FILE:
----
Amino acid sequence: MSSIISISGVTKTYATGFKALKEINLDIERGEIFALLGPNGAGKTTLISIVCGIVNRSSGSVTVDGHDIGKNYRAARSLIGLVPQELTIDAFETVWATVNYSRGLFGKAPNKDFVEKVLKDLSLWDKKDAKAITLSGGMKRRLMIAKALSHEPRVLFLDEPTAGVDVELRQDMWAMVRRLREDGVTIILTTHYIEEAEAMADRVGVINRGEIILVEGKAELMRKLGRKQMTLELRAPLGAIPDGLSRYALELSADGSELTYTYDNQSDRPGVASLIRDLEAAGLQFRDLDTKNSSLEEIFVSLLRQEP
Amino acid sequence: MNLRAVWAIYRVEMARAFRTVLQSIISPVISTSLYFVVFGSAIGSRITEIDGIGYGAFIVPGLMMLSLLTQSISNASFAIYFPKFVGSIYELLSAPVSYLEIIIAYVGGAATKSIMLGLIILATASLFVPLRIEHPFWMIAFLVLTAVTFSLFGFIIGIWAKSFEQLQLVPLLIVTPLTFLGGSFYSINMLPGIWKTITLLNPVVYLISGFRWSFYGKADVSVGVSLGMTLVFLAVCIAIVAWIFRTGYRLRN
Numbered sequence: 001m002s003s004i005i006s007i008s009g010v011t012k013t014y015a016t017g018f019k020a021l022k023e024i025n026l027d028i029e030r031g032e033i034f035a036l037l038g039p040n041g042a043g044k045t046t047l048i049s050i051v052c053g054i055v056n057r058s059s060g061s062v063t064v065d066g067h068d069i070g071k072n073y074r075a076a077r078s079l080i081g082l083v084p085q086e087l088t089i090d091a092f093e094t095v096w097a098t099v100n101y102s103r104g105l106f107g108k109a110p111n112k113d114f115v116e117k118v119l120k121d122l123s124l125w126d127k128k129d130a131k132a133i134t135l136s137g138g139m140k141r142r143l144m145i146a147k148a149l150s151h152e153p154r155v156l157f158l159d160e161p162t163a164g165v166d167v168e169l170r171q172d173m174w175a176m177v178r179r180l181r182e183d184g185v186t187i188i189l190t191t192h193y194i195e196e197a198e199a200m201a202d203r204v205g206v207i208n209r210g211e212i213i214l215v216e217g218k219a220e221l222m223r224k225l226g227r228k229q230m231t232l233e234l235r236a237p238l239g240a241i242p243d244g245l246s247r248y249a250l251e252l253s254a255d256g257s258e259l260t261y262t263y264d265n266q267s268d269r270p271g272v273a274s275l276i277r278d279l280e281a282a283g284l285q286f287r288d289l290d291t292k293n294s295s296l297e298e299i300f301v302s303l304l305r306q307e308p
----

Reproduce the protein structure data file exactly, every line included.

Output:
Amino acid sequence: MSSIISISGVTKTYATGFKALKEINLDIERGEIFALLGPNGAGKTTLISIVCGIVNRSSGSVTVDGHDIGKNYRAARSLIGLVPQELTIDAFETVWATVNYSRGLFGKAPNKDFVEKVLKDLSLWDKKDAKAITLSGGMKRRLMIAKALSHEPRVLFLDEPTAGVDVELRQDMWAMVRRLREDGVTIILTTHYIEEAEAMADRVGVINRGEIILVEGKAELMRKLGRKQMTLELRAPLGAIPDGLSRYALELSADGSELTYTYDNQSDRPGVASLIRDLEAAGLQFRDLDTKNSSLEEIFVSLLRQEP
Amino acid sequence: MNLRAVWAIYRVEMARAFRTVLQSIISPVISTSLYFVVFGSAIGSRITEIDGIGYGAFIVPGLMMLSLLTQSISNASFAIYFPKFVGSIYELLSAPVSYLEIIIAYVGGAATKSIMLGLIILATASLFVPLRIEHPFWMIAFLVLTAVTFSLFGFIIGIWAKSFEQLQLVPLLIVTPLTFLGGSFYSINMLPGIWKTITLLNPVVYLISGFRWSFYGKADVSVGVSLGMTLVFLAVCIAIVAWIFRTGYRLRN
Numbered sequence: 001m002s003s004i005i006s007i008s009g010v011t012k013t014y015a016t017g018f019k020a021l022k023e024i025n026l027d028i029e030r031g032e033i034f035a036l037l038g039p040n041g042a043g044k045t046t047l048i049s050i051v052c053g054i055v056n057r058s059s060g061s062v063t064v065d066g067h068d069i070g071k072n073y074r075a076a077r078s079l080i081g082l083v084p085q086e087l088t089i090d091a092f093e094t095v096w097a098t099v100n101y102s103r104g105l106f107g108k109a110p111n112k113d114f115v116e117k118v119l120k121d122l123s124l125w126d127k128k129d130a131k132a133i134t135l136s137g138g139m140k141r142r143l144m145i146a147k148a149l150s151h152e153p154r155v156l157f158l159d160e161p162t163a164g165v166d167v168e169l170r171q172d173m174w175a176m177v178r179r180l181r182e183d184g185v186t187i188i189l190t191t192h193y194i195e196e197a198e199a200m201a202d203r204v205g206v207i208n209r210g211e212i213i214l215v216e217g218k219a220e221l222m223r224k225l226g227r228k229q230m231t232l233e234l235r236a237p238l239g240a241i242p243d244g245l246s247r248y249a250l251e252l253s254a255d256g257s258e259l260t261y262t263y264d265n266q267s268d269r270p271g272v273a274s275l276i277r278d279l280e281a282a283g284l285q286f287r288d289l290d291t292k293n294s295s296l297e298e299i300f301v302s303l304l305r306q307e308p